The Norse demigoddesses who allot life and determine man's destiny. The norns are represented as three beings: Urðr ("Became"), Verðandi ("Becoming"), and Skuld ("Is-to-be"), the youngest; thus they cover the past, the present, and the future. They are mentioned in Völuspá:
- Thence come maidens,
- much knowing,
- three from the hall,
- which under that tree stands;
- Urd hight the one,
- the second Verdandi,
- on a tablet they graved
- Skuld the third.
- Laws they established,
- life allotted
- to the sons of men;
- destinies pronounced.
The norns are further described in Gylfaginning, where Snorri Sturluson paraphrases Völuspá:
A hall stands there, fair, under the ash by the well, and out of that hall come three maids, who are called thus: Urdr, Verdandi, Skuld; these maids determine the period of men's lives: we call them Norns; but there are many norns: those who come to each child that is born, to appoint his life; these are of the race of the gods, but the second are of the Elf-people, and the third are of the kindred of the dwarves.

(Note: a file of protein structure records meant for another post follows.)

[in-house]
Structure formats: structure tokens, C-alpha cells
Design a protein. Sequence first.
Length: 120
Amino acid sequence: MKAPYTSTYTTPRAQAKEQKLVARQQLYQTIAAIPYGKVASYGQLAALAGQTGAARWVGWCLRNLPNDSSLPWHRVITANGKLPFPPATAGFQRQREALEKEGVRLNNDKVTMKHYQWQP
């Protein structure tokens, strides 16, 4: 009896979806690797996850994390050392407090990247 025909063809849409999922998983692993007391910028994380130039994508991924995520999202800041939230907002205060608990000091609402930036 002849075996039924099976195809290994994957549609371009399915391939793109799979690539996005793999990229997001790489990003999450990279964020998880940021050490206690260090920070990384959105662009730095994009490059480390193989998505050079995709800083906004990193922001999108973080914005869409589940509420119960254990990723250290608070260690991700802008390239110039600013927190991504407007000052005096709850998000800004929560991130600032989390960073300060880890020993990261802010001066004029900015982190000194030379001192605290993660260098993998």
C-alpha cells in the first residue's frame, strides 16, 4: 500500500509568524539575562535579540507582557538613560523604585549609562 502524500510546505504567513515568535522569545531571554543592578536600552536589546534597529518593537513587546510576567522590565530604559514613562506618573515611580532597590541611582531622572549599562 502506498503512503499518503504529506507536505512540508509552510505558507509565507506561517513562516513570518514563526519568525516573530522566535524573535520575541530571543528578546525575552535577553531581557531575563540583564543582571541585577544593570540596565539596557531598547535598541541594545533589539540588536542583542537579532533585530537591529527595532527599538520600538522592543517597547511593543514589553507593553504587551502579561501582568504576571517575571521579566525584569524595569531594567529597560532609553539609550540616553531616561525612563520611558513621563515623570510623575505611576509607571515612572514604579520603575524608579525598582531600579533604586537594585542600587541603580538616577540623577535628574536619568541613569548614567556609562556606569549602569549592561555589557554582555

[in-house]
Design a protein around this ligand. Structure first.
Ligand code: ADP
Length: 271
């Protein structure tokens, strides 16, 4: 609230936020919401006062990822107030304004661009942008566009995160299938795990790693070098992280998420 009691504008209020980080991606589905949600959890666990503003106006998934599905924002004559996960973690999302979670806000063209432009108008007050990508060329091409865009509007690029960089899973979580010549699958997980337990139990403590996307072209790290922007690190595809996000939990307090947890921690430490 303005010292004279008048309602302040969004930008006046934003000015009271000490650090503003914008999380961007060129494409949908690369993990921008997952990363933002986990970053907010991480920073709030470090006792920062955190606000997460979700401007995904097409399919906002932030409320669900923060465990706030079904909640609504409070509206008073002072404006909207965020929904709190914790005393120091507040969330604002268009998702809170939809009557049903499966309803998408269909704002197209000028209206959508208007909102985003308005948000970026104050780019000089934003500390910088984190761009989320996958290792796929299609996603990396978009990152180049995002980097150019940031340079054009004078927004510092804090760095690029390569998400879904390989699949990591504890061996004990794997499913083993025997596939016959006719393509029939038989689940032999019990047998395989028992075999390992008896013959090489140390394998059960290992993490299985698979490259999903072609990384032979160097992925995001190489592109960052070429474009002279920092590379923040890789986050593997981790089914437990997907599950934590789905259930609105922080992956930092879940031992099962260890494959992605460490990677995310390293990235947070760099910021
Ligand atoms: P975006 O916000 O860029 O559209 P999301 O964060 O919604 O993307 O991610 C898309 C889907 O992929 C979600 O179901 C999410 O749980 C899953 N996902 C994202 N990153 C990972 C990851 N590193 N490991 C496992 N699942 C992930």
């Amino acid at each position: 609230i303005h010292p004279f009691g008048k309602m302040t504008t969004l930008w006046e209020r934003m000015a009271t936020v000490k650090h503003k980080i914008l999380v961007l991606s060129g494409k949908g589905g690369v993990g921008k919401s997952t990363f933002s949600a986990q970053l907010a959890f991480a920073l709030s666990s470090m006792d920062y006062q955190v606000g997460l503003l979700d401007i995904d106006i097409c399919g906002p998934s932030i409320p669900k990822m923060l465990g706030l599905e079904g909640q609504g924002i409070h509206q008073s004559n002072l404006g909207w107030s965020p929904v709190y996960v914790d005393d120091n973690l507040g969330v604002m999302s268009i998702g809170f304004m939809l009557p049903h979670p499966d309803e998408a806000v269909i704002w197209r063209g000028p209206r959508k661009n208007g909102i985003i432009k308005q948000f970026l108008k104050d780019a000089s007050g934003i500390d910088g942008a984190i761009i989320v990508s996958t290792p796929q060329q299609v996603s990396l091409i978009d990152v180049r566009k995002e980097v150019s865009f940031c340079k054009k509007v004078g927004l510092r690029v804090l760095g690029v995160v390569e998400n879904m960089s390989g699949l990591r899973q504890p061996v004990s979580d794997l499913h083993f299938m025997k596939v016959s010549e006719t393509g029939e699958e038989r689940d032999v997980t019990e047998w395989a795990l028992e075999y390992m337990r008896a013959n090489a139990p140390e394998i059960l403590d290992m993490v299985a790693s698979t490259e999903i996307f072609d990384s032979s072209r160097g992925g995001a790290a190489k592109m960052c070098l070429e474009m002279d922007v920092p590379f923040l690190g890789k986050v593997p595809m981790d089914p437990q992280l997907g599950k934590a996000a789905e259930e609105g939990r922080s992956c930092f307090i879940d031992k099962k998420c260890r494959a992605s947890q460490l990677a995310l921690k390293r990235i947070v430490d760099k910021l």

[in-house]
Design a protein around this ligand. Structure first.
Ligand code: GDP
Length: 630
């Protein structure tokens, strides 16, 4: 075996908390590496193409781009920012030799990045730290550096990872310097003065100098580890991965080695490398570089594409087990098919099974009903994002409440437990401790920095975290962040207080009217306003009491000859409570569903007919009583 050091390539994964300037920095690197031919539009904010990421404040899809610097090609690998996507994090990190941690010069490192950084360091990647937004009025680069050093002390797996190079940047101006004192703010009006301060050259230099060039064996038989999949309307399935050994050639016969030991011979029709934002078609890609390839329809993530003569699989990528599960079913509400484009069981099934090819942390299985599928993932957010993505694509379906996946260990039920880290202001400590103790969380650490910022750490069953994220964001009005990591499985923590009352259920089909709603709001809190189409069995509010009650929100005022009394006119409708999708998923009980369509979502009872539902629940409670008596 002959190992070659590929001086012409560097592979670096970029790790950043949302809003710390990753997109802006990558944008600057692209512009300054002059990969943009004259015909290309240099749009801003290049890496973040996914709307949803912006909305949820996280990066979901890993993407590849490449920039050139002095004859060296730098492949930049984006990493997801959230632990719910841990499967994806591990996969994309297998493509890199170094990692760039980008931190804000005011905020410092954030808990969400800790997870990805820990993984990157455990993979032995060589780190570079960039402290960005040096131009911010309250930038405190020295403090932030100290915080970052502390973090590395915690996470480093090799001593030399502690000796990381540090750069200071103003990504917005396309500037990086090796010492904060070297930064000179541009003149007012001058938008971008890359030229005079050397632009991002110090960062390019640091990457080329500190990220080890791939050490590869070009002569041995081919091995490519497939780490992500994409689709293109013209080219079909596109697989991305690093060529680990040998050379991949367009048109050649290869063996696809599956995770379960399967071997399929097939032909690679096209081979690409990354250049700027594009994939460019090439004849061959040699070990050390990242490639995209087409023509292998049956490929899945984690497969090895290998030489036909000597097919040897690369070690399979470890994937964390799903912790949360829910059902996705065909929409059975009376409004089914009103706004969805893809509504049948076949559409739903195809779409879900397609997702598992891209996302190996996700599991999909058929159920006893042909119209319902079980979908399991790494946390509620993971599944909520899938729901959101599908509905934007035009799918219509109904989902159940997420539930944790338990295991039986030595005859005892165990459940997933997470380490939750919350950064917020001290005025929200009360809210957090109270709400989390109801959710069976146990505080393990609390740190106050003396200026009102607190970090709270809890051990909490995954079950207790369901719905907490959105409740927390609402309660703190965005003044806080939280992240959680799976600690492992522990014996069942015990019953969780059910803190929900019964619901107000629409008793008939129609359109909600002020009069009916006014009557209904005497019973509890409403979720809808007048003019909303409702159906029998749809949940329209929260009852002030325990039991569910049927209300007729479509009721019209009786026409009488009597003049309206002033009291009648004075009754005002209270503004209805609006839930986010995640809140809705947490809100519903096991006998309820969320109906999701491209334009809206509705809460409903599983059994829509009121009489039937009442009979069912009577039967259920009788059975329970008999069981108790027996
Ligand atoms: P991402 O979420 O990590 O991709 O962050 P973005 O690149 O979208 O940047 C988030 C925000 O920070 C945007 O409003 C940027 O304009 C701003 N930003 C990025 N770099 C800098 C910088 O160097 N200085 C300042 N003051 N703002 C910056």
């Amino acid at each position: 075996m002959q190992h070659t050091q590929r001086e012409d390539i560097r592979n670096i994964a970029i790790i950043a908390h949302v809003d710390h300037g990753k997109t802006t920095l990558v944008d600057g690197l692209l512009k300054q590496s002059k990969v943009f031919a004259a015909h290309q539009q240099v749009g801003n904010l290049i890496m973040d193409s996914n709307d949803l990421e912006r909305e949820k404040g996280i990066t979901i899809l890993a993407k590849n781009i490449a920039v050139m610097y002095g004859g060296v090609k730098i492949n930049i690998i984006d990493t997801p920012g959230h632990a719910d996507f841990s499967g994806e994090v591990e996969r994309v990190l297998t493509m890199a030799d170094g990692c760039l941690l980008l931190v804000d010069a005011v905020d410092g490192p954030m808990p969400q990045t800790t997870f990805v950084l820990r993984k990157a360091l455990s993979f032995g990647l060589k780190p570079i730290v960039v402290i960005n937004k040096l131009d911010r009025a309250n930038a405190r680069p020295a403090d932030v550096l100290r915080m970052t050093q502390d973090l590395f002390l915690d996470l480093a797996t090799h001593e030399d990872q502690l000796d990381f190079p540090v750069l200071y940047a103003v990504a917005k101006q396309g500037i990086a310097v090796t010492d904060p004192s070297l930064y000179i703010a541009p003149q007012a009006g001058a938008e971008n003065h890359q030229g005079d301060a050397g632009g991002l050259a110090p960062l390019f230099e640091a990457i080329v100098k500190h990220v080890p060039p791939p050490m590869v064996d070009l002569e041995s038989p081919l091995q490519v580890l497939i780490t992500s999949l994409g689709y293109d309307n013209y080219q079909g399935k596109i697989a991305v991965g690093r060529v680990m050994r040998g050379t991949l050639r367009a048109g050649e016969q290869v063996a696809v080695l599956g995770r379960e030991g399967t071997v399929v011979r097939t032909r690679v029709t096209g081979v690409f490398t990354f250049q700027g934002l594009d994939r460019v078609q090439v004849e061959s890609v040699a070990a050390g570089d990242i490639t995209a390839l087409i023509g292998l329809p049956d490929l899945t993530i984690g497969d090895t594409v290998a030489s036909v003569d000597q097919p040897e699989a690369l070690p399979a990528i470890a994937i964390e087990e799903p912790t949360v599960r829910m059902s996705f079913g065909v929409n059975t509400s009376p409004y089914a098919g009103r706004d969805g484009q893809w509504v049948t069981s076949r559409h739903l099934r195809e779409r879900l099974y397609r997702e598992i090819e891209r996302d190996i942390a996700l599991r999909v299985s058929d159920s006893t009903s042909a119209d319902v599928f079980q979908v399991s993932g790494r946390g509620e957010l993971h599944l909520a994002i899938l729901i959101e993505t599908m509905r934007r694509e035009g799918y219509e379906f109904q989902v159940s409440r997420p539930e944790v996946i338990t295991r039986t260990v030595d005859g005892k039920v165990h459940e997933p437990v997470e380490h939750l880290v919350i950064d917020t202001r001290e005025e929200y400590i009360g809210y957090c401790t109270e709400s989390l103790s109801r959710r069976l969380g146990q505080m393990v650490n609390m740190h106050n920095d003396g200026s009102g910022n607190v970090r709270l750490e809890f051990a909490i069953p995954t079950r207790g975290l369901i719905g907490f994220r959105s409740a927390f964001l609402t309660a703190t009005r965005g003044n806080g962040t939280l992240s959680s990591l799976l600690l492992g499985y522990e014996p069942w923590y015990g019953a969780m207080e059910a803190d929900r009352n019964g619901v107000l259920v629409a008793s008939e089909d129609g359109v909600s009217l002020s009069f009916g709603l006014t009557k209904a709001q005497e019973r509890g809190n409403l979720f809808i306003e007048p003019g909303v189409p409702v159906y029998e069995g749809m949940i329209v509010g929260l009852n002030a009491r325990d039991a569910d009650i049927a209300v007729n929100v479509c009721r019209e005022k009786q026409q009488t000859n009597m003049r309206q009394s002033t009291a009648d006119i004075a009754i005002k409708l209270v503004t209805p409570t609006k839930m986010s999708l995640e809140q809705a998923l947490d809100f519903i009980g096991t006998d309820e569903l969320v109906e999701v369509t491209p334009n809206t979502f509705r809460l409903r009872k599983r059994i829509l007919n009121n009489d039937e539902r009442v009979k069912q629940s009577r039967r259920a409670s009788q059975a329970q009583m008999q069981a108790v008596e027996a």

Snorri then quotes a stanza from Fáfnismál, in which the dying Fáfnir tells Sigurðr about the norns, saying that there are many, some to the gods, some to elves, and others to dwarfs. Gangleri comments that the norns apportion exceeding unevenly, seeing that some have a pleasant and luxurious life while others have little worldly goods, and some have long life, others short. Hárr replies that "good norns and of honorable race appoint good life; but those men that suffer evil fortunes are governed by evil norns."
Snorri finishes his description of the norns by saying that they dwell by the Urðarbrunnr and that they take water of the well every day, and with it that clay which lies about the well, and sprinkle it over Yggdrasil, so that its limbs shall not wither and rot.
The norns are mentioned in various other eddic poems. Odin says in Sólarljóð that he sat in the Norn's seat for nine days. In Helgakviða Hundingsbana I, stanza 2, the norns came to Helgi's cradle to determine his life, and they decreed him to be a most famous prince and best leader of men.
In Sigurðarkviða Fáfnisbana II, the dwarf Andvari says that "a luckless Norn in times of old decreed, that in water the water I should wade," referring to the fact that he spends his life in the form of a pike. In Sigurðarkviða Fáfnisbana III, Brynhildr laments her separation from Sigurðr, saying "the hateful norns long suffering have decreed us."
In Hamðismál, Sörli says to his brother Hamðir that "no one lives till eve against the norn's decree."
- Atlakviða, 16.
- Fáfnismál, 11-13, 44.
- Gunnars slagr, 11.
- Guðrúnarhvöt, 13.
- Guðrúnarkviða II, 37.
- Gylfaginning, 15, 16, 37,
- Hamðismál, 30, 31.
- Helgakviða Hundingsbana I, 2; II, 24.
- Hrafnagaldr Óðins, 1.
- Sigrdrífumál, 17.
- Sigurðarkviða Fáfnisbana III, 2; III, 7.
- Sólarljóð, 51.
- Völuspá, 20.